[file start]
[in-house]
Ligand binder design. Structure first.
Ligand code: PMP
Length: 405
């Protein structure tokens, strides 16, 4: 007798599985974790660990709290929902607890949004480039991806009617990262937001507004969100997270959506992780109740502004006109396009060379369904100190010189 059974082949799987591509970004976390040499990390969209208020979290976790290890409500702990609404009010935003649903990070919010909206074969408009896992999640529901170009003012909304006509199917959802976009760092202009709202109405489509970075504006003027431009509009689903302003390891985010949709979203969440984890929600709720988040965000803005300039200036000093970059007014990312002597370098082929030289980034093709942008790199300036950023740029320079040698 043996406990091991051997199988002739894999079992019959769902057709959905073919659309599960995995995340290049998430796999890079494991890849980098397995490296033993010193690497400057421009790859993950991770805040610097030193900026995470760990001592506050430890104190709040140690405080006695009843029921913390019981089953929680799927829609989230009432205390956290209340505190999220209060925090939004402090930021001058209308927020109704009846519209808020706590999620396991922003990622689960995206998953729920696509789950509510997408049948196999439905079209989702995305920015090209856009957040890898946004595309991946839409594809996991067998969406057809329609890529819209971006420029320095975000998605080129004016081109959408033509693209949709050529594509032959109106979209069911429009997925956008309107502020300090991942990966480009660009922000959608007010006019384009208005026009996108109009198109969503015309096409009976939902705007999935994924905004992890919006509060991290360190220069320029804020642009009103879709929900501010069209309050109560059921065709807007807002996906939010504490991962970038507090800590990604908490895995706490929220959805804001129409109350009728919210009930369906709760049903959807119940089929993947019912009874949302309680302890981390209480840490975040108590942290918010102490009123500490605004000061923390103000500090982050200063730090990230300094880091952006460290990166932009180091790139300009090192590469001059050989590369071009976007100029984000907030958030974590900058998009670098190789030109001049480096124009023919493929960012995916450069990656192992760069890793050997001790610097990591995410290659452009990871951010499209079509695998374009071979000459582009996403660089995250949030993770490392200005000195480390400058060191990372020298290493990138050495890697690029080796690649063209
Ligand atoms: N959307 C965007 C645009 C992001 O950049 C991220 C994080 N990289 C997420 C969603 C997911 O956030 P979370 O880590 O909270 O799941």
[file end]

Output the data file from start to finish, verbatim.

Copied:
[in-house]
Ligand binder design. Structure first.
Ligand code: PMP
Length: 405
């Protein structure tokens, strides 16, 4: 007798599985974790660990709290929902607890949004480039991806009617990262937001507004969100997270959506992780109740502004006109396009060379369904100190010189 059974082949799987591509970004976390040499990390969209208020979290976790290890409500702990609404009010935003649903990070919010909206074969408009896992999640529901170009003012909304006509199917959802976009760092202009709202109405489509970075504006003027431009509009689903302003390891985010949709979203969440984890929600709720988040965000803005300039200036000093970059007014990312002597370098082929030289980034093709942008790199300036950023740029320079040698 043996406990091991051997199988002739894999079992019959769902057709959905073919659309599960995995995340290049998430796999890079494991890849980098397995490296033993010193690497400057421009790859993950991770805040610097030193900026995470760990001592506050430890104190709040140690405080006695009843029921913390019981089953929680799927829609989230009432205390956290209340505190999220209060925090939004402090930021001058209308927020109704009846519209808020706590999620396991922003990622689960995206998953729920696509789950509510997408049948196999439905079209989702995305920015090209856009957040890898946004595309991946839409594809996991067998969406057809329609890529819209971006420029320095975000998605080129004016081109959408033509693209949709050529594509032959109106979209069911429009997925956008309107502020300090991942990966480009660009922000959608007010006019384009208005026009996108109009198109969503015309096409009976939902705007999935994924905004992890919006509060991290360190220069320029804020642009009103879709929900501010069209309050109560059921065709807007807002996906939010504490991962970038507090800590990604908490895995706490929220959805804001129409109350009728919210009930369906709760049903959807119940089929993947019912009874949302309680302890981390209480840490975040108590942290918010102490009123500490605004000061923390103000500090982050200063730090990230300094880091952006460290990166932009180091790139300009090192590469001059050989590369071009976007100029984000907030958030974590900058998009670098190789030109001049480096124009023919493929960012995916450069990656192992760069890793050997001790610097990591995410290659452009990871951010499209079509695998374009071979000459582009996403660089995250949030993770490392200005000195480390400058060191990372020298290493990138050495890697690029080796690649063209
Ligand atoms: N959307 C965007 C645009 C992001 O950049 C991220 C994080 N990289 C997420 C969603 C997911 O956030 P979370 O880590 O909270 O799941």